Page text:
Yesterday, November 9, a series of explosions at international hotels in the Jordanian capital appears to have claimed 50-60 lives and wounded over 100. The Grand Hyatt, Radisson SAS and Days Inn hotels were struck, as the Radisson was hosting a wedding reception with some 300 guests. Early reports suggest that the bombs were detonated by suicide bombers walking among the guests. A fourth hotel, the Meridian, was also targeted, judging from the discovery of a car with explosives found in the parking lot.
The targeting and modus operandi of the bombings immediately led security authorities to suspect al-Qaeda involvement. The target rich environment of the international hotels—filled with American, British and Iraqi “collaborationist” officials and, in the case of the Radisson SAS, a popular lodging for Israeli tourists—made them an obvious choice. Abu Musab al-Zarqawi was an immediate suspect, given the methodology of walk-in suicide bombers, the organization of a series of coordinated attacks, and for his known animosity toward Jordan. The following morning, al-Qaeda in Iraq was quick to claim the attacks. The text (translated by Jamestown) of the posting by al-Zarqawi’s media chief, Abu Maysara, explained the action:
“In these blessed times, where the lions of monotheism are contending against the tyranny of Crusader unbelief and Shi’ite treachery in the Land of the Two Rivers [Iraq] … a squadron of the lions of the finest and noblest of battalions, the Battalion of the al-Bara bin Malik, coming in aid to its faith and to raise the word of monotheism, undertook a new raid on some of the dens implanted in the land of the Muslims in Amman. After studying the targets and keeping them under surveillance, the choice of site for the operations to be carried out was made on some hotels which the Jordanian tyrant has made into the back garden for the enemies of the Faith—the Jews and Crusaders, a filthy resort for the traitorous apostates of the [Islamic] Nation, a safe refuge for the infidel intelligence services who are directing from there their conspiracy against the Muslims, and springs of fornication and debauchery [designed] as a war against God and His Prophet.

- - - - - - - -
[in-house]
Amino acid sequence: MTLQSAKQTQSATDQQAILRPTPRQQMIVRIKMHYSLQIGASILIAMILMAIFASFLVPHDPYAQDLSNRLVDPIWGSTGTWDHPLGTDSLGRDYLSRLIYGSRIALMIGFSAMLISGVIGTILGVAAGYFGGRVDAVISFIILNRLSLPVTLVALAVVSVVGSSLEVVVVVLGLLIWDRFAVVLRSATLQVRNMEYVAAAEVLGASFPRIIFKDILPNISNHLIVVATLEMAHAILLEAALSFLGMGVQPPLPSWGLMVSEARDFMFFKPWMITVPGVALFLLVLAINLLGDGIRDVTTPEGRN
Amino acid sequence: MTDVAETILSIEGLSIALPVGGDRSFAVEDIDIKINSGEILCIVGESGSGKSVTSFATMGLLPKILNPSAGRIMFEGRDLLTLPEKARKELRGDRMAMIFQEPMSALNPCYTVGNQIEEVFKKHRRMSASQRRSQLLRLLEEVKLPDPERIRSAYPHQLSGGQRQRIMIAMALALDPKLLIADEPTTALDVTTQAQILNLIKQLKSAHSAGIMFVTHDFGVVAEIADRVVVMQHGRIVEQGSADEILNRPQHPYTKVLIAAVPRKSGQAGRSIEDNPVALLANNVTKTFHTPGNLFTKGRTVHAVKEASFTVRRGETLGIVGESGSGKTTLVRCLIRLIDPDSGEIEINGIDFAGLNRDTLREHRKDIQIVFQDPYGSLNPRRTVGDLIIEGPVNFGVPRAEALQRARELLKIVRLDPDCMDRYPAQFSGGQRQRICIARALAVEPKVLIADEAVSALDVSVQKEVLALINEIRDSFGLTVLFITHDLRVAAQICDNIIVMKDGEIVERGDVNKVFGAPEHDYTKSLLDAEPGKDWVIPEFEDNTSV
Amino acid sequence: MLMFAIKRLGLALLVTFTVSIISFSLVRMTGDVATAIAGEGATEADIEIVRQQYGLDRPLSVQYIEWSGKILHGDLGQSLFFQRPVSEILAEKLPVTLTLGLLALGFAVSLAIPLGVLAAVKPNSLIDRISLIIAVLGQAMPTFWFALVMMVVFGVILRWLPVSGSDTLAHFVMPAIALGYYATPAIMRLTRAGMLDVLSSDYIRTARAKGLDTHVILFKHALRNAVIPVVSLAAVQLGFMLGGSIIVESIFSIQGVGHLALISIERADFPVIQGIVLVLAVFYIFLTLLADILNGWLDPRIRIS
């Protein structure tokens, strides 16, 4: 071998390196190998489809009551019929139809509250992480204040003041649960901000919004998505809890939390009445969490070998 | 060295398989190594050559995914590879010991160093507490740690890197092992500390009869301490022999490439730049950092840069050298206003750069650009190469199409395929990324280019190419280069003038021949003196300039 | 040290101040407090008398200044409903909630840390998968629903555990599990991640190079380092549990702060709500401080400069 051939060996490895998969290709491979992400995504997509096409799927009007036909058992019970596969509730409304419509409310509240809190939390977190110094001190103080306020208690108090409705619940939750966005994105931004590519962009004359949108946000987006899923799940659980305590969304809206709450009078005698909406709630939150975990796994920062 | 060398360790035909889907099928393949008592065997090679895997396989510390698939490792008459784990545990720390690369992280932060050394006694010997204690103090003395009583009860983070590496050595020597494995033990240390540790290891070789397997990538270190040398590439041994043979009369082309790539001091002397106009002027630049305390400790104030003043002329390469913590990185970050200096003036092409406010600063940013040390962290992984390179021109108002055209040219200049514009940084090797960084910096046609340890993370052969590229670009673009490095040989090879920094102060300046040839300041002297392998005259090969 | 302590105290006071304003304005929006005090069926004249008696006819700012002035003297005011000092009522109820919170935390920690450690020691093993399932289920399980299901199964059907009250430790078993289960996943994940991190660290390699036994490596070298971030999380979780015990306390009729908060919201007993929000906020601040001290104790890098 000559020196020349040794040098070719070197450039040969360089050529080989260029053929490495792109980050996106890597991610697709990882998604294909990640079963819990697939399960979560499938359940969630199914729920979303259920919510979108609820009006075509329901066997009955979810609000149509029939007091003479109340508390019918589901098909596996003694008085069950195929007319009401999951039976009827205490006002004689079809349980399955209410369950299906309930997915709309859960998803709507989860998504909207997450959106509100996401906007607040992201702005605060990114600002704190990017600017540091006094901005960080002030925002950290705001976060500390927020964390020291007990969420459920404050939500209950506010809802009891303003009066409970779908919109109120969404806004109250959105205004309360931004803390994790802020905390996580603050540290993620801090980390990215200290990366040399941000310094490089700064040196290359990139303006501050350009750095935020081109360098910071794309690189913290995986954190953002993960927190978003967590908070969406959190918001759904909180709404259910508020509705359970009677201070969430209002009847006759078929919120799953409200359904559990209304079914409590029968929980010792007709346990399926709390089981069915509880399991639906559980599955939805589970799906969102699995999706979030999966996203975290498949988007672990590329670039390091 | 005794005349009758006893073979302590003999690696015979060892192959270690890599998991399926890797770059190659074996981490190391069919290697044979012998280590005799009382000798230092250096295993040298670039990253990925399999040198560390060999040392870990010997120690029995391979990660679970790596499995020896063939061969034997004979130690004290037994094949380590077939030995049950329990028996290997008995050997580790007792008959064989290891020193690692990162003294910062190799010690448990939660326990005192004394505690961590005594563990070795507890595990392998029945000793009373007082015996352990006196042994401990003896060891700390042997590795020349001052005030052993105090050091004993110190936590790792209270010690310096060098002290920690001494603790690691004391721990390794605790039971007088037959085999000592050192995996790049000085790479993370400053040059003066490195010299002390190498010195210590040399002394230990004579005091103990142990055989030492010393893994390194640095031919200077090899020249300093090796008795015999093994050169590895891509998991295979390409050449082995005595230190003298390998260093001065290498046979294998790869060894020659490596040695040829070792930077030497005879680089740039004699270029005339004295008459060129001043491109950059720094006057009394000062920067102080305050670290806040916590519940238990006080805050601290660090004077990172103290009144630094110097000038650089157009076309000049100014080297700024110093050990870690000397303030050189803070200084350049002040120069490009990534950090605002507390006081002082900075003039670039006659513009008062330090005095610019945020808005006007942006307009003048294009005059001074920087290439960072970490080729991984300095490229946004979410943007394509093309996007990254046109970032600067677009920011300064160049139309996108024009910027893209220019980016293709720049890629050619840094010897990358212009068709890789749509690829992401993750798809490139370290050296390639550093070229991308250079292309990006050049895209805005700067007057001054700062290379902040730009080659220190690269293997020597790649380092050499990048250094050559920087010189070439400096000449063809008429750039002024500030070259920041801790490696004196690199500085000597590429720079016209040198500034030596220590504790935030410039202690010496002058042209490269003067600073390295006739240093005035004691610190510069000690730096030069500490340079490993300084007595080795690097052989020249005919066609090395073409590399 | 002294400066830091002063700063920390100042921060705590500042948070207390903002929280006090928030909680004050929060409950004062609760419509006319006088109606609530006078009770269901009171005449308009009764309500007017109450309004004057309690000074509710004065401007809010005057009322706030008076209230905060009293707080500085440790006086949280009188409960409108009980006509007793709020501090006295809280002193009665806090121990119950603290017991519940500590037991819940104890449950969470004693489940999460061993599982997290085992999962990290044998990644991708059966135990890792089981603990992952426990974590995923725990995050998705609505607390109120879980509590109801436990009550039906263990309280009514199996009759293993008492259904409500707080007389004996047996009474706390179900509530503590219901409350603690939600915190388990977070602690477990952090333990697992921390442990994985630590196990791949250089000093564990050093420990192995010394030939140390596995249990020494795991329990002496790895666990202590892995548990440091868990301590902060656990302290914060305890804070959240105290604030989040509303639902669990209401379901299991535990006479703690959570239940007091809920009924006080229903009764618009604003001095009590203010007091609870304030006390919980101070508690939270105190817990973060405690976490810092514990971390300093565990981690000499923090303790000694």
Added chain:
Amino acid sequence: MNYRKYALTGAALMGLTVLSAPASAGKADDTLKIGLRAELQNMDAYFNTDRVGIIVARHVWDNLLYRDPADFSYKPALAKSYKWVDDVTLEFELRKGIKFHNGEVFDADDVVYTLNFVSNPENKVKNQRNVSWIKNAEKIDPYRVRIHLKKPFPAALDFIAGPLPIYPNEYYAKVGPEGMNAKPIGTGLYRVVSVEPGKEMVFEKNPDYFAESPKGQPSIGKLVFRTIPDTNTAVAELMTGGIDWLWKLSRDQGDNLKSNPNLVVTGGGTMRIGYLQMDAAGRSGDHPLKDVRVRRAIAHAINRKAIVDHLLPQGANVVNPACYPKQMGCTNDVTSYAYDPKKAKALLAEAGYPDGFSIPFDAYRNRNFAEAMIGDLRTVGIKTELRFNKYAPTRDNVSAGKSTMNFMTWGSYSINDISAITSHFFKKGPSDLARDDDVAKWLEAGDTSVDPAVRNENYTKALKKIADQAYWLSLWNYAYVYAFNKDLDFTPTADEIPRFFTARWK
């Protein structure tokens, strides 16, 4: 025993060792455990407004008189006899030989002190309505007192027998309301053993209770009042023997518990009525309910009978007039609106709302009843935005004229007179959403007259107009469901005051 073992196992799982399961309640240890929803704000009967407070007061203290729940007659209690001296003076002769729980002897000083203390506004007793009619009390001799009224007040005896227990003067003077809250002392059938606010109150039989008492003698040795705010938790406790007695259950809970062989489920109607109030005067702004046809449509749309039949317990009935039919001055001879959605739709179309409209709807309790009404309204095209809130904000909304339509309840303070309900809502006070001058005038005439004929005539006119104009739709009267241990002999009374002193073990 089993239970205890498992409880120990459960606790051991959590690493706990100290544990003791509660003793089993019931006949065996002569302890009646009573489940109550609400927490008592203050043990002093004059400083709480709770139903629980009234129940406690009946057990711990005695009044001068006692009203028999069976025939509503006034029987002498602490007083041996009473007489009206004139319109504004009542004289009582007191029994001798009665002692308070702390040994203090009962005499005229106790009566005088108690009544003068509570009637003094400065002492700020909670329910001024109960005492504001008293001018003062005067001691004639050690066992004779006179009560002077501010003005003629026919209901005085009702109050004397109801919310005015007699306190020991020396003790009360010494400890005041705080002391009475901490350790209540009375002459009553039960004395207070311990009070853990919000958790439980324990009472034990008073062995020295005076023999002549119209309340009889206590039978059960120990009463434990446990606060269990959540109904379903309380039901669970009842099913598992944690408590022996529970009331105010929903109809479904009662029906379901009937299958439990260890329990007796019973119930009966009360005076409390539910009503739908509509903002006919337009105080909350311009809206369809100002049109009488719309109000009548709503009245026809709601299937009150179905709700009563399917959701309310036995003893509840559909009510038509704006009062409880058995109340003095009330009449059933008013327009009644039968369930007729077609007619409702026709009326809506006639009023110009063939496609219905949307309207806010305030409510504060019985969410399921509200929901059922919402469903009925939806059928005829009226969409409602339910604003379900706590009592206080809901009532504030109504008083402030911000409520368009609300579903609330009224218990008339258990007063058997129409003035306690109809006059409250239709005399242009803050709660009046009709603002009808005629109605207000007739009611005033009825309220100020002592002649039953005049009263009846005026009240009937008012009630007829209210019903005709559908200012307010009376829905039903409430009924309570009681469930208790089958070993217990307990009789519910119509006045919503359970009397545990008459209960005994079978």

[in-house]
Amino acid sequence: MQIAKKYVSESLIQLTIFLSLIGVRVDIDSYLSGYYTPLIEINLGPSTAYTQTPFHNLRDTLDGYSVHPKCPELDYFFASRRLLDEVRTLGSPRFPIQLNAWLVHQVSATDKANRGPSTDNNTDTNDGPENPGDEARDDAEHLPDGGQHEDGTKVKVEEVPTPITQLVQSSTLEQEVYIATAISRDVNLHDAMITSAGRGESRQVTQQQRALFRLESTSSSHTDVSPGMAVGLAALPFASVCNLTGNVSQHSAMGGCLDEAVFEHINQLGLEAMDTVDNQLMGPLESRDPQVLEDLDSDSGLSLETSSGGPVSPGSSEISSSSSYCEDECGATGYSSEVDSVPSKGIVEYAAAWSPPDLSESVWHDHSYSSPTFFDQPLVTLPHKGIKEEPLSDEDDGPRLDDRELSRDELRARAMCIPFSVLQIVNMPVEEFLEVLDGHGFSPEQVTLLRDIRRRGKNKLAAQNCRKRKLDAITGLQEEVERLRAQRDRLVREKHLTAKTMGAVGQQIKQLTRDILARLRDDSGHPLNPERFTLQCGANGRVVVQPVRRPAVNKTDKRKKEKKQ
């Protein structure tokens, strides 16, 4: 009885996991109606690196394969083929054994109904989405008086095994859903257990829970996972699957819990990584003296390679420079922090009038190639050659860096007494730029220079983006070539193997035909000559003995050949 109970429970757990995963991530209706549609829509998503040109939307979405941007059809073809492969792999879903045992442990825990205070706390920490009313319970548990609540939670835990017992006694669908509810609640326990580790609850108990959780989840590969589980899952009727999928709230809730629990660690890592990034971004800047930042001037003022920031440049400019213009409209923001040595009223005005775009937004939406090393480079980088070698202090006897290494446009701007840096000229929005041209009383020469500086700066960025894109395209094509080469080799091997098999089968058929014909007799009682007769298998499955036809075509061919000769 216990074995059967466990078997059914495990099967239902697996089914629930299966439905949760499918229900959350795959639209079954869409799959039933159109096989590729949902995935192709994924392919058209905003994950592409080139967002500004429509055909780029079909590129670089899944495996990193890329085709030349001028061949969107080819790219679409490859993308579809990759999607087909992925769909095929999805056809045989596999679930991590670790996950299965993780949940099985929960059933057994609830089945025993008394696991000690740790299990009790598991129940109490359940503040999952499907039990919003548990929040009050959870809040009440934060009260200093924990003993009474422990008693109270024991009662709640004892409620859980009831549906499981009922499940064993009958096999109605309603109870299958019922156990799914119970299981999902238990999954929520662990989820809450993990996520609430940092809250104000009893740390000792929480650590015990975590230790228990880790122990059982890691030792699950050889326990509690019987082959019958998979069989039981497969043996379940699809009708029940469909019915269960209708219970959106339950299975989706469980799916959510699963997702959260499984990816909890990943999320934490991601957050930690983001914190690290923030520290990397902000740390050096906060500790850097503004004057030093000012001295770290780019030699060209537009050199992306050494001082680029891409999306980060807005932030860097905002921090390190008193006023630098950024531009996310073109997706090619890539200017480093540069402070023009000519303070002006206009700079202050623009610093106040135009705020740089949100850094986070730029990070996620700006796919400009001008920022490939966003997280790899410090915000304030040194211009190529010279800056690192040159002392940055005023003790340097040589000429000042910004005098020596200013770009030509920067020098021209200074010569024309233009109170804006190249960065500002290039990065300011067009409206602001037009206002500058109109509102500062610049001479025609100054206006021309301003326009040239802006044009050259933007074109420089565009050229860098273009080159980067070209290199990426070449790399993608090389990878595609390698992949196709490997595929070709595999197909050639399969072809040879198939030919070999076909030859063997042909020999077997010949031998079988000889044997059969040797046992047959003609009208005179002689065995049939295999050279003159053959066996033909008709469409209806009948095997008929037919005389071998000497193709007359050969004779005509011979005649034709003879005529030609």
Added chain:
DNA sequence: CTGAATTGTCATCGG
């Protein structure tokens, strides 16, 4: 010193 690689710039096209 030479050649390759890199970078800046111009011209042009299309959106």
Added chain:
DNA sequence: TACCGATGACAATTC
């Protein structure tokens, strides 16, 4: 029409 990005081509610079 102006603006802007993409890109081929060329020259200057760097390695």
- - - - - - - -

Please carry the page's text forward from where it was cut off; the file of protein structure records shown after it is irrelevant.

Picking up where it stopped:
“Despite the security precautions implemented by the treacherous son of a traitor [i.e. Jordan’s King Abdullah II] to protect these dens, the soldiers of al-Qaeda were able to reach their targets and carry out [the operation], as far as we can ascertain from the news. We shall publish details of the raid and of those who carried it out shortly, so that the Tyrant of Amman will know that the protecting walls for the Jews built in the east of Jordan, and the rear camp for the Crusader armies and the government of the Scions of Ibn al-Alqami , are well within range of the Mujahideen and their attacks.”
While a claim of responsibility is not the last word, the current of jihadi opinion is firmly in favor of al-Qaeda authorship of the bombings. Postings on the forums reacting immediately to the attacks noted how al-Qaeda vowed to attack the “American Zionists” in acts of revenge for the offensive on the Iraqi city of al-Qaim, and that “al-Qaeda had tricked the Americans into believing that vengeance would be wreaked in Baghdad” (www.tajdeed.org.uk).